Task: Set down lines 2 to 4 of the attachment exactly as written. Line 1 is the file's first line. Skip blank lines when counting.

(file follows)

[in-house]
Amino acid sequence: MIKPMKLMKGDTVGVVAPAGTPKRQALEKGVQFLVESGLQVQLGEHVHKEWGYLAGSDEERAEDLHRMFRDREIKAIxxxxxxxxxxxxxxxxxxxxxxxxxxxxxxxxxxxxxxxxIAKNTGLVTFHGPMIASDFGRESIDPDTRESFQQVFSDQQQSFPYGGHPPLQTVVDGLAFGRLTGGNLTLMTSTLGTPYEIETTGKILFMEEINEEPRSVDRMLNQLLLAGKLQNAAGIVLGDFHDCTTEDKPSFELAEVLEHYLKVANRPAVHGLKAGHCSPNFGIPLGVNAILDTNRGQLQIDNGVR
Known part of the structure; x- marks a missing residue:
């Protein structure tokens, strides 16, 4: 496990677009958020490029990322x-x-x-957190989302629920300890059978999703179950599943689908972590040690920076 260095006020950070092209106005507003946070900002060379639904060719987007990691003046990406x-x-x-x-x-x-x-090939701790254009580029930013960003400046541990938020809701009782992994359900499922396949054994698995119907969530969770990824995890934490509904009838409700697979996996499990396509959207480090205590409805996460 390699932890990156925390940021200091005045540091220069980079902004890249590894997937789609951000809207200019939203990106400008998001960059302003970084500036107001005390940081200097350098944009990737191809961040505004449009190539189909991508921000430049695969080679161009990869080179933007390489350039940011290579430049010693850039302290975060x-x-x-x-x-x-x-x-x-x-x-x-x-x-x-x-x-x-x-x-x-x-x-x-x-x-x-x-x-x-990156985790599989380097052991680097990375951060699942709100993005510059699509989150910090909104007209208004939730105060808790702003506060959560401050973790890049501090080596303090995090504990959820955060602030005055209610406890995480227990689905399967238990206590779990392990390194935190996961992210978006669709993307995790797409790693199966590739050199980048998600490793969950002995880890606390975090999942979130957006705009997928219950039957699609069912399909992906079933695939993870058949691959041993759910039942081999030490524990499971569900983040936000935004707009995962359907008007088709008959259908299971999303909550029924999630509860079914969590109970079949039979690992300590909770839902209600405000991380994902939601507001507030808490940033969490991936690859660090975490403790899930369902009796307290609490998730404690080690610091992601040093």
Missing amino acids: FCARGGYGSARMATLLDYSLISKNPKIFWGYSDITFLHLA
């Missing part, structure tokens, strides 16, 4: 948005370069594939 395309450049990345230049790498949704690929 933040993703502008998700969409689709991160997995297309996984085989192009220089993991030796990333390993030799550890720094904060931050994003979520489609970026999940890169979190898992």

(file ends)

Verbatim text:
Amino acid sequence: MIKPMKLMKGDTVGVVAPAGTPKRQALEKGVQFLVESGLQVQLGEHVHKEWGYLAGSDEERAEDLHRMFRDREIKAIxxxxxxxxxxxxxxxxxxxxxxxxxxxxxxxxxxxxxxxxIAKNTGLVTFHGPMIASDFGRESIDPDTRESFQQVFSDQQQSFPYGGHPPLQTVVDGLAFGRLTGGNLTLMTSTLGTPYEIETTGKILFMEEINEEPRSVDRMLNQLLLAGKLQNAAGIVLGDFHDCTTEDKPSFELAEVLEHYLKVANRPAVHGLKAGHCSPNFGIPLGVNAILDTNRGQLQIDNGVR
Known part of the structure; x- marks a missing residue:
């Protein structure tokens, strides 16, 4: 496990677009958020490029990322x-x-x-957190989302629920300890059978999703179950599943689908972590040690920076 260095006020950070092209106005507003946070900002060379639904060719987007990691003046990406x-x-x-x-x-x-x-090939701790254009580029930013960003400046541990938020809701009782992994359900499922396949054994698995119907969530969770990824995890934490509904009838409700697979996996499990396509959207480090205590409805996460 390699932890990156925390940021200091005045540091220069980079902004890249590894997937789609951000809207200019939203990106400008998001960059302003970084500036107001005390940081200097350098944009990737191809961040505004449009190539189909991508921000430049695969080679161009990869080179933007390489350039940011290579430049010693850039302290975060x-x-x-x-x-x-x-x-x-x-x-x-x-x-x-x-x-x-x-x-x-x-x-x-x-x-x-x-x-x-990156985790599989380097052991680097990375951060699942709100993005510059699509989150910090909104007209208004939730105060808790702003506060959560401050973790890049501090080596303090995090504990959820955060602030005055209610406890995480227990689905399967238990206590779990392990390194935190996961992210978006669709993307995790797409790693199966590739050199980048998600490793969950002995880890606390975090999942979130957006705009997928219950039957699609069912399909992906079933695939993870058949691959041993759910039942081999030490524990499971569900983040936000935004707009995962359907008007088709008959259908299971999303909550029924999630509860079914969590109970079949039979690992300590909770839902209600405000991380994902939601507001507030808490940033969490991936690859660090975490403790899930369902009796307290609490998730404690080690610091992601040093």